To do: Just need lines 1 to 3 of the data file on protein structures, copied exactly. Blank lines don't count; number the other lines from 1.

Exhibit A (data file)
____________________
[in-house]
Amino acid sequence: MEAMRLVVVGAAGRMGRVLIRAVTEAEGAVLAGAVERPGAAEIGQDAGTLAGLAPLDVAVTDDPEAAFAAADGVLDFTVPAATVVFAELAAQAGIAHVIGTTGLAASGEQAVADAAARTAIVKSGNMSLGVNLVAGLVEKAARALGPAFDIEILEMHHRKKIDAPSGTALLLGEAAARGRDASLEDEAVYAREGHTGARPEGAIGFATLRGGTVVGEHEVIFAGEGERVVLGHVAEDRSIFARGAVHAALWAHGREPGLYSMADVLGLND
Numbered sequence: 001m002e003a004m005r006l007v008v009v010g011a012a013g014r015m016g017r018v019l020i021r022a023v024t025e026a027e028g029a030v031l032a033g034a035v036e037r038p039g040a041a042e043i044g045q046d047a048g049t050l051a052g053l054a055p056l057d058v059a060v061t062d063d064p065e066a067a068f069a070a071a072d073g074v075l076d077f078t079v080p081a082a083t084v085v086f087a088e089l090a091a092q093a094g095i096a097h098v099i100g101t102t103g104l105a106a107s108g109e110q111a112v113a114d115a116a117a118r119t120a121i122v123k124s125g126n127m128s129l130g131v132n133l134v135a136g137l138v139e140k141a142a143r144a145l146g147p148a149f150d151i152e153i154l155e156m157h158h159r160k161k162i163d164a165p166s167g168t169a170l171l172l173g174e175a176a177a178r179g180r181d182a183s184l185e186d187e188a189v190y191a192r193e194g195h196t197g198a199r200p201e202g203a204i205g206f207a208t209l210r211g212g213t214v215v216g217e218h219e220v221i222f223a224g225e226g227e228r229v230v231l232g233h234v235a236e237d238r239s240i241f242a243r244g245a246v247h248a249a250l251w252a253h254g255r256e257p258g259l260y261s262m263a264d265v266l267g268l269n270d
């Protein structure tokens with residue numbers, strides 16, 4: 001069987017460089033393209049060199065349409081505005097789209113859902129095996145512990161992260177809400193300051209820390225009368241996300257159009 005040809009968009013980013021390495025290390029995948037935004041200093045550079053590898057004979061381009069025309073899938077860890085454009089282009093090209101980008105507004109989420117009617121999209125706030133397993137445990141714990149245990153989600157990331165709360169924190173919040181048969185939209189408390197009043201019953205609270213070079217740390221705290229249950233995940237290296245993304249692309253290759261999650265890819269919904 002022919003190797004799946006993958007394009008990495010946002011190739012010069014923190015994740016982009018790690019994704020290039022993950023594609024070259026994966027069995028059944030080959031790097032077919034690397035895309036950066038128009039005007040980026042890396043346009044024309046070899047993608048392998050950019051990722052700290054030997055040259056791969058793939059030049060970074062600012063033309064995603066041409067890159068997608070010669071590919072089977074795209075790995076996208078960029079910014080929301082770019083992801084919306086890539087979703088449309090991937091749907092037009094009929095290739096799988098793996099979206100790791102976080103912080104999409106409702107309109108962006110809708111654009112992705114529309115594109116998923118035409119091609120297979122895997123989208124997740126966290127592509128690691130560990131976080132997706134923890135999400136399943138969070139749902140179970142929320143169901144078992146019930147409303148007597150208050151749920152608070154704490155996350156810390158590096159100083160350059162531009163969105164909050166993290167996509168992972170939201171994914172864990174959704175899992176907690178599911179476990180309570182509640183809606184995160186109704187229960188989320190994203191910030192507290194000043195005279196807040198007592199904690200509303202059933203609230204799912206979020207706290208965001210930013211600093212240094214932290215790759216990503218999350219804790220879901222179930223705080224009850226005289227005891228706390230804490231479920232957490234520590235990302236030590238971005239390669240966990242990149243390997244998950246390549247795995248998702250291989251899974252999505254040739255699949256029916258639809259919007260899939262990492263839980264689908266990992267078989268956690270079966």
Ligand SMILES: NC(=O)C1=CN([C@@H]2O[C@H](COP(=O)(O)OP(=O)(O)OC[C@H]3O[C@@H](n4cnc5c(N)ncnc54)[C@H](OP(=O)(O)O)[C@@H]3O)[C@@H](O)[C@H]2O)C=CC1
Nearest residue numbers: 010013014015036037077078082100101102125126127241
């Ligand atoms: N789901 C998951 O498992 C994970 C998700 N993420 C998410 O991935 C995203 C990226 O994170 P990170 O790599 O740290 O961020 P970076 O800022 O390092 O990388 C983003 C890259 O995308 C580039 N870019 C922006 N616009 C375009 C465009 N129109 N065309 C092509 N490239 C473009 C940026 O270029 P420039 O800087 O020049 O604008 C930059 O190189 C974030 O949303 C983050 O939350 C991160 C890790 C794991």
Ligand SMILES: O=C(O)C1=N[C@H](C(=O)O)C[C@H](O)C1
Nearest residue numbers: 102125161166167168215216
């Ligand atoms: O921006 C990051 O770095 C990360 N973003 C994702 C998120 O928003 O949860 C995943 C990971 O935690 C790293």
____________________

[in-house]
Amino acid sequence: MEAMRLVVVGAAGRMGRVLIRAVTEAEGAVLAGAVERPGAAEIGQDAGTLAGLAPLDVAVTDDPEAAFAAADGVLDFTVPAATVVFAELAAQAGIAHVIGTTGLAASGEQAVADAAARTAIVKSGNMSLGVNLVAGLVEKAARALGPAFDIEILEMHHRKKIDAPSGTALLLGEAAARGRDASLEDEAVYAREGHTGARPEGAIGFATLRGGTVVGEHEVIFAGEGERVVLGHVAEDRSIFARGAVHAALWAHGREPGLYSMADVLGLND
Numbered sequence: 001m002e003a004m005r006l007v008v009v010g011a012a013g014r015m016g017r018v019l020i021r022a023v024t025e026a027e028g029a030v031l032a033g034a035v036e037r038p039g040a041a042e043i044g045q046d047a048g049t050l051a052g053l054a055p056l057d058v059a060v061t062d063d064p065e066a067a068f069a070a071a072d073g074v075l076d077f078t079v080p081a082a083t084v085v086f087a088e089l090a091a092q093a094g095i096a097h098v099i100g101t102t103g104l105a106a107s108g109e110q111a112v113a114d115a116a117a118r119t120a121i122v123k124s125g126n127m128s129l130g131v132n133l134v135a136g137l138v139e140k141a142a143r144a145l146g147p148a149f150d151i152e153i154l155e156m157h158h159r160k161k162i163d164a165p166s167g168t169a170l171l172l173g174e175a176a177a178r179g180r181d182a183s184l185e186d187e188a189v190y191a192r193e194g195h196t197g198a199r200p201e202g203a204i205g206f207a208t209l210r211g212g213t214v215v216g217e218h219e220v221i222f223a224g225e226g227e228r229v230v231l232g233h234v235a236e237d238r239s240i241f242a243r244g245a246v247h248a249a250l251w252a253h254g255r256e257p258g259l260y261s262m263a264d265v266l267g268l269n270d